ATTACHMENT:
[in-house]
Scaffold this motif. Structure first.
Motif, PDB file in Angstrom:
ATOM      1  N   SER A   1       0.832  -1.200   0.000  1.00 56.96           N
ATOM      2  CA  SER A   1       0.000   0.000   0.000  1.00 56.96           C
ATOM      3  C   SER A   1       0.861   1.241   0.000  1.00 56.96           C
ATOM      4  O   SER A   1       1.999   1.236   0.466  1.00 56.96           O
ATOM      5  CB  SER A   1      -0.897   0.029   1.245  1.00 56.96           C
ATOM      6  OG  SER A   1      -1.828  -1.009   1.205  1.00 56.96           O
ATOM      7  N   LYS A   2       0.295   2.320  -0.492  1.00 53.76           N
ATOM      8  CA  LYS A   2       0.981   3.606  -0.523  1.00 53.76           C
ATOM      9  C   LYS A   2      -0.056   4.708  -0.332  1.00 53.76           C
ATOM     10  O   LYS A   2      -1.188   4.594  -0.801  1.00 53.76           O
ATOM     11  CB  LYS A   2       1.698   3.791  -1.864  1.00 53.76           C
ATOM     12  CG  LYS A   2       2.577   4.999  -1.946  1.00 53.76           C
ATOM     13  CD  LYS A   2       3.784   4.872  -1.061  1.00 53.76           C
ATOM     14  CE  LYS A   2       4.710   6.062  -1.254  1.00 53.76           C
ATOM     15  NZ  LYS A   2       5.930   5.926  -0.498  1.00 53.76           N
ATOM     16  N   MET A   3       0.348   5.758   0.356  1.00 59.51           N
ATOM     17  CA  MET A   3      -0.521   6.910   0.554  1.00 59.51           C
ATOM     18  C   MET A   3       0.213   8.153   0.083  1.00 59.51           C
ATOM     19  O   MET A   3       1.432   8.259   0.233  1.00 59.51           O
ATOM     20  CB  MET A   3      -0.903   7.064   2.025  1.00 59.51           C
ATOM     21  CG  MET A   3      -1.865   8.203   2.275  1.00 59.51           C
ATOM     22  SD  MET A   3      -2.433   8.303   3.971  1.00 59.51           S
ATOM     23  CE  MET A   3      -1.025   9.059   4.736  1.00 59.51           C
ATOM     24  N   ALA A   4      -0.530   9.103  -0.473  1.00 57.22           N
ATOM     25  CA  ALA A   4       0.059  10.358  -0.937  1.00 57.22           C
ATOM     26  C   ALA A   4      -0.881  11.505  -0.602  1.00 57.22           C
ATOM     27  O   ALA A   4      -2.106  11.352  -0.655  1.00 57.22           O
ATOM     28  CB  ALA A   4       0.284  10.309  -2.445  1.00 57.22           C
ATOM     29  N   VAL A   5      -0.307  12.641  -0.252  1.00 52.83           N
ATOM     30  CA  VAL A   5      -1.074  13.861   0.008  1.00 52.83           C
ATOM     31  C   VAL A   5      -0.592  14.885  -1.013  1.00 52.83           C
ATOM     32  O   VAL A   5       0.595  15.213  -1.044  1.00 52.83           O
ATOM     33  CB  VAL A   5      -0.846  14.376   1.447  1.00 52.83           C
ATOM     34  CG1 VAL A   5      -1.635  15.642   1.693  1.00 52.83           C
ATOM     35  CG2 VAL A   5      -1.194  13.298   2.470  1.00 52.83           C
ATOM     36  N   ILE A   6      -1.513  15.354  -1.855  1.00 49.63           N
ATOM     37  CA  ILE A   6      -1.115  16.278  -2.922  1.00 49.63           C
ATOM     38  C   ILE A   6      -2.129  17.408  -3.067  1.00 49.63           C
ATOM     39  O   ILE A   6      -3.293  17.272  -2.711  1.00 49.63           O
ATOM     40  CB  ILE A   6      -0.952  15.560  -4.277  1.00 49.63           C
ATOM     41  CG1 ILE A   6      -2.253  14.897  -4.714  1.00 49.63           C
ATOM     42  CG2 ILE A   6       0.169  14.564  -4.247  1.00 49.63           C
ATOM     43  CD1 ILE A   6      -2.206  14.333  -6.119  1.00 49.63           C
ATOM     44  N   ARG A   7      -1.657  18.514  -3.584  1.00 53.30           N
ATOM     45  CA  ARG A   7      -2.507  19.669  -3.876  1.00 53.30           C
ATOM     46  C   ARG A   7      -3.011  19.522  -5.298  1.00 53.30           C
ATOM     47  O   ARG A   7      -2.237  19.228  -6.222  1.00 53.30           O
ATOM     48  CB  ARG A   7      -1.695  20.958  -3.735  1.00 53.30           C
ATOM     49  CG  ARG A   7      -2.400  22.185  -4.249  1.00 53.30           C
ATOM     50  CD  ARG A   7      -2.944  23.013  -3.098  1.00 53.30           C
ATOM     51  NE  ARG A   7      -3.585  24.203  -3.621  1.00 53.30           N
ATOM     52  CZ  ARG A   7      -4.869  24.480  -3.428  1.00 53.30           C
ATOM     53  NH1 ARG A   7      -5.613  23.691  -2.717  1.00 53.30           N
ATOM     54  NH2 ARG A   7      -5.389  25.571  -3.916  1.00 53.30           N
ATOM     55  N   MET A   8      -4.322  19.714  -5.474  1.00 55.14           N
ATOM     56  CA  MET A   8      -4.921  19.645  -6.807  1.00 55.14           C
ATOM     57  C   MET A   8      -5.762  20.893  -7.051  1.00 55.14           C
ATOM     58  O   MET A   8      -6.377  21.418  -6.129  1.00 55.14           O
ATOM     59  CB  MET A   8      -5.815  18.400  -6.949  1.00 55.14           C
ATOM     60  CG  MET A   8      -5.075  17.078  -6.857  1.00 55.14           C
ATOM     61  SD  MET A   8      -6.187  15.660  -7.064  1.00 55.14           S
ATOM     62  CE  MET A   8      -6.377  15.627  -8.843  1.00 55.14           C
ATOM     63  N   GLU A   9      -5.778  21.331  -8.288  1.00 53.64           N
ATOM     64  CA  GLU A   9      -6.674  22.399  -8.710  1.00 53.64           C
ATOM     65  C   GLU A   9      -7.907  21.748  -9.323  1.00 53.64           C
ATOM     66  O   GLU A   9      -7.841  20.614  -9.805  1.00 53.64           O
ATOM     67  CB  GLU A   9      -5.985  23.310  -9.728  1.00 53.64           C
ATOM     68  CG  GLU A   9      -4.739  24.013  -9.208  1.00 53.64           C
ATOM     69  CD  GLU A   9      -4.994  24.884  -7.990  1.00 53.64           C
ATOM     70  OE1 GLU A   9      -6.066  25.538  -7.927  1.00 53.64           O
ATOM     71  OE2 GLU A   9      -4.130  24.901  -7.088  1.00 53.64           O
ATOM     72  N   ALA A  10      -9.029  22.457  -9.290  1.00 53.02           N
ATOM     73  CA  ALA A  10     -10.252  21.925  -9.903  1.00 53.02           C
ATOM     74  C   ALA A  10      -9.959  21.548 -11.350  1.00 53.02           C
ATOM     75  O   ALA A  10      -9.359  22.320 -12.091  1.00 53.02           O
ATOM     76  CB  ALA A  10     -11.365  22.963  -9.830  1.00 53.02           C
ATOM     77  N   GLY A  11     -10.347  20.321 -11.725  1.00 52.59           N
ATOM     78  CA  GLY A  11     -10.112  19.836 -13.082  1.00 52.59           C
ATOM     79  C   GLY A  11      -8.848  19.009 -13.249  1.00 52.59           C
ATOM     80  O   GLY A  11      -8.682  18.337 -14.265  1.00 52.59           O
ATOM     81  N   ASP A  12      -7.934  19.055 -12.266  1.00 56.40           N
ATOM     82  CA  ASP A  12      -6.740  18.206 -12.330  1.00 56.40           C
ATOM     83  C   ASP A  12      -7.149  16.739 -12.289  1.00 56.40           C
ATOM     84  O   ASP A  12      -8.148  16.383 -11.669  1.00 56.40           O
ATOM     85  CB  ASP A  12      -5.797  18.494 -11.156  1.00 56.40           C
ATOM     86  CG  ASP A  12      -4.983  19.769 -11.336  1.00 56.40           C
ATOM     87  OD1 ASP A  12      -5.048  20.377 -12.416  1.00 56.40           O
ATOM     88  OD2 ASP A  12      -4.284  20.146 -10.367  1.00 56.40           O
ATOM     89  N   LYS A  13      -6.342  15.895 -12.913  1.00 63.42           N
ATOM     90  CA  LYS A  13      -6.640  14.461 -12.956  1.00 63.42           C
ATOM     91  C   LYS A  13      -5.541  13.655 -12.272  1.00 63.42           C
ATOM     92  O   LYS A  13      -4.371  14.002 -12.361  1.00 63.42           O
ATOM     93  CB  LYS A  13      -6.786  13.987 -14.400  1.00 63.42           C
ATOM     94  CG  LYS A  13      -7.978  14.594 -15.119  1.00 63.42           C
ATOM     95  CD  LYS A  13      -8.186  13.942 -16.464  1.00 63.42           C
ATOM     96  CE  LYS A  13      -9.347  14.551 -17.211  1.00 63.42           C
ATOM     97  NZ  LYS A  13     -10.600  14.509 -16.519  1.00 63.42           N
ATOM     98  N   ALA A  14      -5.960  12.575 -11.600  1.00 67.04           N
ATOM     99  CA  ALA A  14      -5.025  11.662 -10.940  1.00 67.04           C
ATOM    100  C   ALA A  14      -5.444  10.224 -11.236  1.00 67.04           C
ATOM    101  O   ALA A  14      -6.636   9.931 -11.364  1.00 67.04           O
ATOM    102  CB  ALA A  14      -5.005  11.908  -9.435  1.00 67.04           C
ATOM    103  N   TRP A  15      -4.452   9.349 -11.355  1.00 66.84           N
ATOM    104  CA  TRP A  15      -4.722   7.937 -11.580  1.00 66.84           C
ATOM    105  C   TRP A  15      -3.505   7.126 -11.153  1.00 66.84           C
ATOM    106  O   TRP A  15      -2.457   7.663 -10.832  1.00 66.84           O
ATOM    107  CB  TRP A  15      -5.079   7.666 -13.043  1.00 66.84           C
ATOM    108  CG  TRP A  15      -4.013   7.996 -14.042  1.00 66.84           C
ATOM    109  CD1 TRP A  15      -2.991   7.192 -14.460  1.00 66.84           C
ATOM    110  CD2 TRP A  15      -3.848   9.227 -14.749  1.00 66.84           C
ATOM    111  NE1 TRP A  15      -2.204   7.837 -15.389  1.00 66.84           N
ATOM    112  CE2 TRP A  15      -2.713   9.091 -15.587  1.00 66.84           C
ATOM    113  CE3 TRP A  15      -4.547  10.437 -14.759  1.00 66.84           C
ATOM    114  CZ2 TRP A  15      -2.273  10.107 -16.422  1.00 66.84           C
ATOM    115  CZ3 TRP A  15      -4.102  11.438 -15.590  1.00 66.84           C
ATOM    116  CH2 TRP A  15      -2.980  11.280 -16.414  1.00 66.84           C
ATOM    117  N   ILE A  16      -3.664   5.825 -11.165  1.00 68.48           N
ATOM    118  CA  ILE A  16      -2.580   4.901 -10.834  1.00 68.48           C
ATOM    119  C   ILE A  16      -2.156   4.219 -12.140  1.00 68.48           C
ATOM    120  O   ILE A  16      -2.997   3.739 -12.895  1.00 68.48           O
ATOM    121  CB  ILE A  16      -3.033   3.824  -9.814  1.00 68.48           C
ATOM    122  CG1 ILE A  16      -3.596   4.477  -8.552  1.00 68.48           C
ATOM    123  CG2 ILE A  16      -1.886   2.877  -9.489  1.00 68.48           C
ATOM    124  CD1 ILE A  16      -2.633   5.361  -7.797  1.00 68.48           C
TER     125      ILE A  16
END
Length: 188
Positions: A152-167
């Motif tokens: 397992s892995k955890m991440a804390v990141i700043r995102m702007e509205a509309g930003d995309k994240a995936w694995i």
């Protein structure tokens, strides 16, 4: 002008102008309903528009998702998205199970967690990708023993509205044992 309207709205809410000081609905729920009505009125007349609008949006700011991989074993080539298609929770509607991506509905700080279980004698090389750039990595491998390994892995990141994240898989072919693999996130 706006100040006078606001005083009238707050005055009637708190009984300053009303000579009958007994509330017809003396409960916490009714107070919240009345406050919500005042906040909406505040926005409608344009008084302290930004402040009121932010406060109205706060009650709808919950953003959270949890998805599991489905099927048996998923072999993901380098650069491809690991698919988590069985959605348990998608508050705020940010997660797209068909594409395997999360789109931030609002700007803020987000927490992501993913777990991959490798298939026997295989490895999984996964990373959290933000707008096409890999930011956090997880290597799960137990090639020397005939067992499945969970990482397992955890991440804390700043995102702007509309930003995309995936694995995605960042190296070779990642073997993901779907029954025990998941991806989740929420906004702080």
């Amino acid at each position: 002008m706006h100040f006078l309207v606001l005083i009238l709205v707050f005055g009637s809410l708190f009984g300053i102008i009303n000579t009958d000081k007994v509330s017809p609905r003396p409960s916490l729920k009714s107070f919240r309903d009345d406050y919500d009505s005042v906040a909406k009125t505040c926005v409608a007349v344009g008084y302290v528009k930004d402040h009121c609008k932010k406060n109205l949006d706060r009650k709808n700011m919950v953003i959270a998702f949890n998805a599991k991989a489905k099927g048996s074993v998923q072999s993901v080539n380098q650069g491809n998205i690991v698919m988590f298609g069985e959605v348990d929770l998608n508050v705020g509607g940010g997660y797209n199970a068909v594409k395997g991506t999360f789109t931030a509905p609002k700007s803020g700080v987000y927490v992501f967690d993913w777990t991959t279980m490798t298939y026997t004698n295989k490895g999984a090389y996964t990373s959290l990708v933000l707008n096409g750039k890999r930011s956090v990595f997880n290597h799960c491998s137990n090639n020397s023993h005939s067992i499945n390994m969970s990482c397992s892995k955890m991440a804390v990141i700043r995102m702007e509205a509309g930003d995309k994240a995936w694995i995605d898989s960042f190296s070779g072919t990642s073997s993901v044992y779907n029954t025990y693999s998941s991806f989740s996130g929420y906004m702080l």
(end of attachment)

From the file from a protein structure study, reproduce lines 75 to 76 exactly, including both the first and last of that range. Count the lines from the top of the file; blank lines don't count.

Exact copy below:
ATOM     72  N   ALA A  10      -9.029  22.457  -9.290  1.00 53.02           N
ATOM     73  CA  ALA A  10     -10.252  21.925  -9.903  1.00 53.02           C